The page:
Ben: I try to think about what I would want to see if I were watching TV. Usually, it’s something crazy, so to be honest, I want to reflect the will of the American people. I don’t want this performance to be about me. I’m willing to make myself a fool in order to perpetuate defeating the cause! But for me, it’s just about giving back.
Monsters and Critics: What was going through your head during that pause right before the reveal that you were going into your parmesan song again?
Ben: It kind of feels like you’re dreaming, like you’re about an inch and a half away from the inside of your eyes, you’re behind a glass pane, everything is just unfolding in front of you, and the regular sense of agency you have as being in a body kind of goes away. You are more like a witness. That’s my experience of these really high-pressure environments. In the moment, it’s really surprising, actually. It’s kind of an absurd feeling.
Monsters and Critics: So, you’ve made it to the first live show after getting 4 Xs and then winning back the judges and the crowd. How did you prepare yourself for tonight’s performance and the feedback that you might receive from it?
Ben: I think I try to think about my life from a birds-eye view. I’m just a guy on the planet; it’s a rock, frankly, floating in space. I think just having that perspective is helpful in embracing absurdity and chaos and failure because what does it mean? Who cares? What do you want? Have fun. That’s what I’m saying.
Monsters and Critics: Who did you feel that you really needed to win over?
Ben: The American people, myself, and staying true to myself. This idea that I have any control over making people like me that’s just not how it works. If it were, it wouldn’t be fun at all, so I’m just doing what I’m doing and whatever.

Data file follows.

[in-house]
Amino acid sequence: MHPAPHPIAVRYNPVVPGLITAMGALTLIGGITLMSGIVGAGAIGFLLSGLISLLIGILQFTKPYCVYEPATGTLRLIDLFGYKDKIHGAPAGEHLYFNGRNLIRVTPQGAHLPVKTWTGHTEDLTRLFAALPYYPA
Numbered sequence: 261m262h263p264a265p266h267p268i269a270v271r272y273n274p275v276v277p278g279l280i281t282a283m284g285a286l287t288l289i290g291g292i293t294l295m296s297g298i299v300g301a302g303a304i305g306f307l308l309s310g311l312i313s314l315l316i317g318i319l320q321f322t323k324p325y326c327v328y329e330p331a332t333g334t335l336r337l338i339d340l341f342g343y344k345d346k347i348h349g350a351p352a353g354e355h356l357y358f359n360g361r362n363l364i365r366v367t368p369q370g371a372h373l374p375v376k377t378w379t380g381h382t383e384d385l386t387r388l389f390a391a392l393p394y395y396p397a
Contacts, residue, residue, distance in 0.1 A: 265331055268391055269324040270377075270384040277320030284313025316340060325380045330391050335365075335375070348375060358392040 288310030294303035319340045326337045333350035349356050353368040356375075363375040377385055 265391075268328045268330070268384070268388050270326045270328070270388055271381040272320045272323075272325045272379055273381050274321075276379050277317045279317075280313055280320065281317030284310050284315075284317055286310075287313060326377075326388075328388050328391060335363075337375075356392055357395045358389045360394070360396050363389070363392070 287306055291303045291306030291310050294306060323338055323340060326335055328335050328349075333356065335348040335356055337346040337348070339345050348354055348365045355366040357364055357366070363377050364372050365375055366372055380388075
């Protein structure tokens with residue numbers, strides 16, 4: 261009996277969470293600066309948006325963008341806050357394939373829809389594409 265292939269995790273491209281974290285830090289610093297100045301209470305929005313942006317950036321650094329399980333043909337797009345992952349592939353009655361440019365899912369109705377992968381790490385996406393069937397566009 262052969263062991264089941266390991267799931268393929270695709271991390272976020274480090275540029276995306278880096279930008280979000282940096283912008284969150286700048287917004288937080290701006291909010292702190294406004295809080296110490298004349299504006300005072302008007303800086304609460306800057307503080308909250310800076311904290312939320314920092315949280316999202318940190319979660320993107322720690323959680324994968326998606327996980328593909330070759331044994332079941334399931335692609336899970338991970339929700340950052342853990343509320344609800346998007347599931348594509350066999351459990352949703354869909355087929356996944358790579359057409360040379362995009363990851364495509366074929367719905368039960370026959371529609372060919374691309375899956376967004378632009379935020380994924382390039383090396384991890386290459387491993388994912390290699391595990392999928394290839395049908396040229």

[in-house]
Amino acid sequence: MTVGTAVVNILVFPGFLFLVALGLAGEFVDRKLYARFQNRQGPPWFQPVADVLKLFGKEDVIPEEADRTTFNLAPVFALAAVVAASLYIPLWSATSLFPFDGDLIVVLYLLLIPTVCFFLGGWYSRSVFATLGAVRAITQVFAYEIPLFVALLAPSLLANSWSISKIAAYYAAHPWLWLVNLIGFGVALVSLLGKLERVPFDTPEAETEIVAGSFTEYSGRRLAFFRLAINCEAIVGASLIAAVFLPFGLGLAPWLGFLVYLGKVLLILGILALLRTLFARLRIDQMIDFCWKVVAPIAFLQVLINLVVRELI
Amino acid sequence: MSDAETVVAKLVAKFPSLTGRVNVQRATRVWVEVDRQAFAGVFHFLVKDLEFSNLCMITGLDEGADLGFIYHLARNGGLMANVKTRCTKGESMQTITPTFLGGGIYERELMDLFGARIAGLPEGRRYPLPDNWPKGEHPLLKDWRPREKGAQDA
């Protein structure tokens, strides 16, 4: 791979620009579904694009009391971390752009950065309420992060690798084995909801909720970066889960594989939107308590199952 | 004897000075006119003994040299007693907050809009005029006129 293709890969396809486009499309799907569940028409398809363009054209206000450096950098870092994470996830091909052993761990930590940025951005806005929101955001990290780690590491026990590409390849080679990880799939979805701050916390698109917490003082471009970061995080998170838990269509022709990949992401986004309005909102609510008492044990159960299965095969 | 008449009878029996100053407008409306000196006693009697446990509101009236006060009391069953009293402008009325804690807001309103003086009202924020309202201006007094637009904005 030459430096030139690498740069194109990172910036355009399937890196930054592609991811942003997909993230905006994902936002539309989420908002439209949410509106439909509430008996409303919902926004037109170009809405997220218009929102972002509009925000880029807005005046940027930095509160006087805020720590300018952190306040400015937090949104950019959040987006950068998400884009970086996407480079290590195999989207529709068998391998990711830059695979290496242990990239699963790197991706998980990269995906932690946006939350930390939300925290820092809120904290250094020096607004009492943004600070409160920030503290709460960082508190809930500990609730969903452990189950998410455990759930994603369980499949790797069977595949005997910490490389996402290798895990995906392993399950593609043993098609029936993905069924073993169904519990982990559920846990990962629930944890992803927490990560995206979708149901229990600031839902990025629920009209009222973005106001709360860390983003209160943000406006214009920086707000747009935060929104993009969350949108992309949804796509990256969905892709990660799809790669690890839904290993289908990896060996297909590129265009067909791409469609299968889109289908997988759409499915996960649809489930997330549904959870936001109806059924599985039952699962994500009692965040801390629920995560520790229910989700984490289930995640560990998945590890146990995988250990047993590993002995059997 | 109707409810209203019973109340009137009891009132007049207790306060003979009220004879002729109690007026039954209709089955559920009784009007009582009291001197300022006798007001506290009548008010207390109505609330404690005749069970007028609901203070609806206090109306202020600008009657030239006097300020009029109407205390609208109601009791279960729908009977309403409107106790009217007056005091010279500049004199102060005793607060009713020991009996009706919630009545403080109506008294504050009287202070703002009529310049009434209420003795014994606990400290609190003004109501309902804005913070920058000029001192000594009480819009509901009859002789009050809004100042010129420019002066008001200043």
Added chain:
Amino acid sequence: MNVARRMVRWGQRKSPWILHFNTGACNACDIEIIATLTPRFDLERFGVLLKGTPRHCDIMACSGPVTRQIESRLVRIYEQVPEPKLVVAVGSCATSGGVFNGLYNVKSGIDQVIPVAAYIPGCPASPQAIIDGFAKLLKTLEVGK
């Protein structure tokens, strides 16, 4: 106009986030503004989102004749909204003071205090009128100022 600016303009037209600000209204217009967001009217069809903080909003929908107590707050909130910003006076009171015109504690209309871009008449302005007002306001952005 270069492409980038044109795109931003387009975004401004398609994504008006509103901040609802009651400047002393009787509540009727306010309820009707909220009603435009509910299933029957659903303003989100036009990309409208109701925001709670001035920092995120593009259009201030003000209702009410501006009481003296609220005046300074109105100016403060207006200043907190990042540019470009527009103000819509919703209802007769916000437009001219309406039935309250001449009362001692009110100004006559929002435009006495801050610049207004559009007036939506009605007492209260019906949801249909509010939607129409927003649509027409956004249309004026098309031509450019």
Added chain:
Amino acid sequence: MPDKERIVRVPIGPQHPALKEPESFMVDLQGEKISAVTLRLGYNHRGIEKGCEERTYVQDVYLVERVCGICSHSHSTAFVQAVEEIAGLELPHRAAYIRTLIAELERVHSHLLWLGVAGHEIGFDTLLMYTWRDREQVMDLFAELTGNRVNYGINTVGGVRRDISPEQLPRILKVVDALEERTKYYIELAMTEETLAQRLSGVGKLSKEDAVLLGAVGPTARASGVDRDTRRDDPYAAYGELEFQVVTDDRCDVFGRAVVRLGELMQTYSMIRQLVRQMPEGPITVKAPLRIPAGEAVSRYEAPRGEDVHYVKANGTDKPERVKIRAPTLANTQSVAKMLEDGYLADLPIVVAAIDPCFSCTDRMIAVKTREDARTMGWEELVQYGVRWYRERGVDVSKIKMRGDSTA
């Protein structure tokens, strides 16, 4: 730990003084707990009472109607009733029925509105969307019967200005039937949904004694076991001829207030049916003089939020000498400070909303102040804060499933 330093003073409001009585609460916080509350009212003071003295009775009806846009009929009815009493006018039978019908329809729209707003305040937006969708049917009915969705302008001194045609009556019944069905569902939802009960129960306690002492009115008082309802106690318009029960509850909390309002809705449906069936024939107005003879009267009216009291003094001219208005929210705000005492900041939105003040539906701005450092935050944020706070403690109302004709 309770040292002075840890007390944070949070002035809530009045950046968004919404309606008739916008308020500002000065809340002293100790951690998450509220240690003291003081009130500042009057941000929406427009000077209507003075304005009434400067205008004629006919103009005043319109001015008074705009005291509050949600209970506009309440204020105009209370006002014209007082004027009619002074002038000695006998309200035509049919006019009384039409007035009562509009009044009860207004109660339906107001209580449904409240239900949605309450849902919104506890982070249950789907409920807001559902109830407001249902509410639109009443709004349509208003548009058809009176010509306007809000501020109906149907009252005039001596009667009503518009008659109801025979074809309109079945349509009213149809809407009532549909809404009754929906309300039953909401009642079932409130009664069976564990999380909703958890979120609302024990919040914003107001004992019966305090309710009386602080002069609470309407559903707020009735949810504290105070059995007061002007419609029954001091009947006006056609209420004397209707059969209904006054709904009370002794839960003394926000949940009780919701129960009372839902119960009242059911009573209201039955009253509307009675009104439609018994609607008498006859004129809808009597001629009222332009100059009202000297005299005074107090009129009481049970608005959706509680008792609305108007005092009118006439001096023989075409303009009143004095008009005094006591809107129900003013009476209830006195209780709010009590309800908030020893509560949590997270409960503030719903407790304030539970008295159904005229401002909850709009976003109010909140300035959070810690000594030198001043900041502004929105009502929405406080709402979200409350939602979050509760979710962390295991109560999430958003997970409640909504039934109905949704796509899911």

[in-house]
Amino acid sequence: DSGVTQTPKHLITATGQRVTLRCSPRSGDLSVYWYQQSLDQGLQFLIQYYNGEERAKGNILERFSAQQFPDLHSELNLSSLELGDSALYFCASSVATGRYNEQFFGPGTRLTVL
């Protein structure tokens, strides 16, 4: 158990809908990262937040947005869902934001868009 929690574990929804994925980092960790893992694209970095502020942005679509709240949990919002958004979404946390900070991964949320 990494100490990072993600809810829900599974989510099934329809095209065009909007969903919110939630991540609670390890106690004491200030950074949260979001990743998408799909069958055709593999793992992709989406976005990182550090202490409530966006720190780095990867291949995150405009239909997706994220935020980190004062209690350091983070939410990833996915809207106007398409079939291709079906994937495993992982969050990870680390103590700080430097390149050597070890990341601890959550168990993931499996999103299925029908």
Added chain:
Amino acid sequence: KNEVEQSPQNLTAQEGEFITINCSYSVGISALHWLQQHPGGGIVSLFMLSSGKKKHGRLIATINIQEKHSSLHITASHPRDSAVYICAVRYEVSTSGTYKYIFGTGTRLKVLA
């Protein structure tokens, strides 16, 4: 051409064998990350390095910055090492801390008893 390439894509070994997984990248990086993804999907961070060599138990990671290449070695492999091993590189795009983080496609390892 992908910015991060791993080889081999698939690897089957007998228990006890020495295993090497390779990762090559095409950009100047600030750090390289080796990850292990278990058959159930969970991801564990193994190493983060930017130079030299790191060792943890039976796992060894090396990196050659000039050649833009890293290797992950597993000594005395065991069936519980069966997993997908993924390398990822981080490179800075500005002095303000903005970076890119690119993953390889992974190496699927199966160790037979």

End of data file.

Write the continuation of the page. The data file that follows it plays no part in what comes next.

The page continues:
Monsters and Critics: You probably had millions of people fooled when you started doing that fake serious song, and then you tore off the clothes and revealed that crazy costume and did the punk rock version. Do you have some other genres planned for parmesan?
Ben: Again, nothing planned. What you saw tonight is as far as I’ve gotten, so if by the grace of God I make it through to the finale, then I’m going to just figure it out, and it’s gonna be — this word – insane.
Monsters and Critics: Simon has a long history with acts like you who royal him up and continuously go through. Is that part of your game plan?
Ben: No strategy there. I literally am not even playing a game, I swear. If I were that smart, I would let you know.
M&C: You’re a man who obviously has a lane. Can you talk about the commercial opportunities that come your way, thanks to this astonishing piece of comedic entertainment?
Ben: I think it’s a happy accident that I am here. I’m going to speak to anyone who actually makes things and likes making things because that makes them want to keep living and doing it. For those people, the commercial stuff comes after. You’ve got to just do what you do ’cause you like it.
America’s Got Talent airs Tuesday and Wednesdays at 8/7c on NBC.